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Lettered Selves and Beyond

Rejecting the claims made on behalf of spiritual forces, abstract thought, and
consciousness, the philosopher Gilles Deleuze paraphrasing Spinoza, urges We
do not even know what a body can do what a body is capable of. (Nietzsche
and Philosophy, 39) One reason why this might be so is we do not know what
the alphabet -- the vehicle of conscious, abstract thought -- has done, is doing
to us, to our bodies. Only recently have we begun to understand our subjection
to the letter, to see the extent to which alphabetic inscription has determined
western beliefs, subjectivities, and metaphysics.

The literate West


Alphabetic writing is coterminous with the Wests philosophical and theological
origins. From its inception it has served as the Wests dominant cognitive
technology (along with mathematical writing); the medium in which its legal,
bureaucratic, historical, religious, artistic, and social business has been
conducted. Certainly, its hold over the Wests project of organizing, imagining,
and philosophizing the world is deeply-rooted and total in its reach. Its modes
of analysis, the affects it ignores and invents, the semiotic pathways it lays
down, the conceptual tropes it promotes, in short, its logic, operates as an
unexamined given within rational discourse and all forms of (textually mediated)
narrative. The result: an all-pervasive and seamless alphabetic environment, a
textual shaping of thought, imagination, subjectivities, selves, and affect
unaware of its own activity as a medium. A discourse so taken for granted as a
transparent, neutral and unproblematic coding of speech, as to be unable to see
itself at the origin of the very systems of thought and metaphysics it
understands itself to be merely conveying. Of course, any medium attempting to
explicate itself faces intrinsic difficulties. When further the medium defines the
means of explication, the task sits on the edge of a disabling circularity. Only if
there are outside forces, different media, alternative modes of understanding
and affect which challenge or delimit it, and so enable an exterior perspective,
can such recognition by a medium of its own mediality become feasible. It
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would seem that the arrival of digital media might provide an opportunity for
just such an external purchase on the alphabet.

Certainly recognition of its media effects, its deep and pervasive presence within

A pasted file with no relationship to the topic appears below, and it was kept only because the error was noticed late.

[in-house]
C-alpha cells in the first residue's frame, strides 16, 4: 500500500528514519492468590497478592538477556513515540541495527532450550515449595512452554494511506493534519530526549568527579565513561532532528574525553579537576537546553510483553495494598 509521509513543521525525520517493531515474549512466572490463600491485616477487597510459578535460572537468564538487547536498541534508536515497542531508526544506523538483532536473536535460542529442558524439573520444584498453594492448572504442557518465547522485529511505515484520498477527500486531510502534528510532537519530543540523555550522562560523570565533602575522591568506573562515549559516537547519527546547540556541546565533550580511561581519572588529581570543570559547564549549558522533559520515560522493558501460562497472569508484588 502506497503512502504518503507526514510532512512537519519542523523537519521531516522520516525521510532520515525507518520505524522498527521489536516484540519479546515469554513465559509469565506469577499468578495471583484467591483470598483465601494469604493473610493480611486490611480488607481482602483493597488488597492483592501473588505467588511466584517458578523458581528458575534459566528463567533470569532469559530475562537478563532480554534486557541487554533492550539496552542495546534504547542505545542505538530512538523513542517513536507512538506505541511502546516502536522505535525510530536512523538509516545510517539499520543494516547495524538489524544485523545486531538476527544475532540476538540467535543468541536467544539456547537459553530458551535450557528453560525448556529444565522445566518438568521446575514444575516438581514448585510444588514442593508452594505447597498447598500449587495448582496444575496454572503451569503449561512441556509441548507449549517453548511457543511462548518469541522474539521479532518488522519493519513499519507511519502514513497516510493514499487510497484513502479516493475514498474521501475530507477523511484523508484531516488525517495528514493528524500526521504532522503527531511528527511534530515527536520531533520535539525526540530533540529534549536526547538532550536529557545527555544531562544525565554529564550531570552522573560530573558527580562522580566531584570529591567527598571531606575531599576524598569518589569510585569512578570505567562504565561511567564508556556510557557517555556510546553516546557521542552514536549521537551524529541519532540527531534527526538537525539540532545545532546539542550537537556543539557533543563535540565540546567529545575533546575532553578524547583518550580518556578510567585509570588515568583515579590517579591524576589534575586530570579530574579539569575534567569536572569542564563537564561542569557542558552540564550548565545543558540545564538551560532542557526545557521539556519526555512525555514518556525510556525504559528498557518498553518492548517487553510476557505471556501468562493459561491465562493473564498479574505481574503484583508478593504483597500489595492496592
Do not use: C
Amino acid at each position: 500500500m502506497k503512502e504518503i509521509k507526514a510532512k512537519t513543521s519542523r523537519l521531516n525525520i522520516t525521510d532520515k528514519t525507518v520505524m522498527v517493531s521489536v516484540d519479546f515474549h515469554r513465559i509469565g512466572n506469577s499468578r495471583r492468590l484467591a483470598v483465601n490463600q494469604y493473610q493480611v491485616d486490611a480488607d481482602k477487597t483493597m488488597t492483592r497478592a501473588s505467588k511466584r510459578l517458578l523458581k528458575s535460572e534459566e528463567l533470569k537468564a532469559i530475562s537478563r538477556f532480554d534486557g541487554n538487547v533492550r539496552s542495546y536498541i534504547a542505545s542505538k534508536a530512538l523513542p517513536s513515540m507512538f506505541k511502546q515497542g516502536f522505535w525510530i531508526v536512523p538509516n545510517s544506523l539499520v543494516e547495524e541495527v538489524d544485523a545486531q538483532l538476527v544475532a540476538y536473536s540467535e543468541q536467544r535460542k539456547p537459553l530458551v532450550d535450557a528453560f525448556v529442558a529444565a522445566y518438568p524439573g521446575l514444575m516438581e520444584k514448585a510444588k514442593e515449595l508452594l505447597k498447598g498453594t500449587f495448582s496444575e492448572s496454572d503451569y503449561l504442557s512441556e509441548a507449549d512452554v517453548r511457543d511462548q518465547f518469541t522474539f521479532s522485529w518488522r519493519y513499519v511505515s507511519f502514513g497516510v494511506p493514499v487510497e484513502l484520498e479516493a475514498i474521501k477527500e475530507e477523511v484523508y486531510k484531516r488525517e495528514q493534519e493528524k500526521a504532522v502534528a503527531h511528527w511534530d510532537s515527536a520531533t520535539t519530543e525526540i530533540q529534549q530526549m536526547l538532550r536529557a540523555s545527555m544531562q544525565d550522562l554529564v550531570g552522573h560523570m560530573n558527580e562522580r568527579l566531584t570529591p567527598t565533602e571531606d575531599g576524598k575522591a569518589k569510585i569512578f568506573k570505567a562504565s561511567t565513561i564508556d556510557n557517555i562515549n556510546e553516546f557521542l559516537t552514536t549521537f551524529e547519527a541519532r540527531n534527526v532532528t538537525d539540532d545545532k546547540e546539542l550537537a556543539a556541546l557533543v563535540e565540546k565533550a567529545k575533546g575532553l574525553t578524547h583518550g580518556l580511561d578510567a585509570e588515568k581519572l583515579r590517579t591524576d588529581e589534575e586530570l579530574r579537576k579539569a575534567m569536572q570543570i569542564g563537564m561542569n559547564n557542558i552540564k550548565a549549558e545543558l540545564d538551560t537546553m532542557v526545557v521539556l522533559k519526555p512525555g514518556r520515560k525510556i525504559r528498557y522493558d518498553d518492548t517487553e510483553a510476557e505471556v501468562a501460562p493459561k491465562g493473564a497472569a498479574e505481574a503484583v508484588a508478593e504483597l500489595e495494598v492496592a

thought and its hold over psychic life, is emerging. As Ivan Illich and Barry
Sanders, for example, observe, for the last half millennium the very concept of a
person has adhered to that of a lettered self, an individual psyche inextricable
from the apparatus of alphabetic writing describing, articulating,
communicating, presenting, stabilizing, perpetuating, and framing it. In the
society that has come into existence since the Middle Ages, they observe, one
can always avoid picking up a pen, but one cannot avoid being described,
identified, certified, and handled like a text. Even in reaching out to become
ones own self, one reaches out for a text. (1988, x) Plainly, western thought
in all its rationality, articulated subjectivity, and expressions of selfhood -- is
imprinted by the alphabet. And was so long before the invention of printing.

The alphabetic body


No encounter with a mediating apparatus can be reduced to its mental effects or
its declared signifying and representational means. Media interact with the
bodies of their users. They alter nervous systems, cause visceral changes,
induce affect, exert force, restructure relations of distance and temporality. In
order to function at all, they demand, at a level beneath their manifest effects,
psycho-physiological changes in the bodies of their users at the same time as
they disincarnate the objects being mediated. As Steven Shaviro remarks for
film, We neglect the basic tactility and viscerality of cinematic experience when
we describe material processes and effects, such as the persistence of vision,
merely as mental illusions. Cinema produces real effects in the viewer, rather
than merely presenting phantasmatic reflection to the viewer. (1993, 51) What
is true of the psychophysiology of cinematic experience holds for any
encounter with a mediating apparatus alphabetic, computational, telephonic,
televisual, photographic, audiophonic, telegraphic, or any other: always the user
is used, the psyche-body of the one who views, writes, reads, listens, speaks,
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computes is transformed by forces outside the apparatuss explicit


instrumentality and acknowledged effects.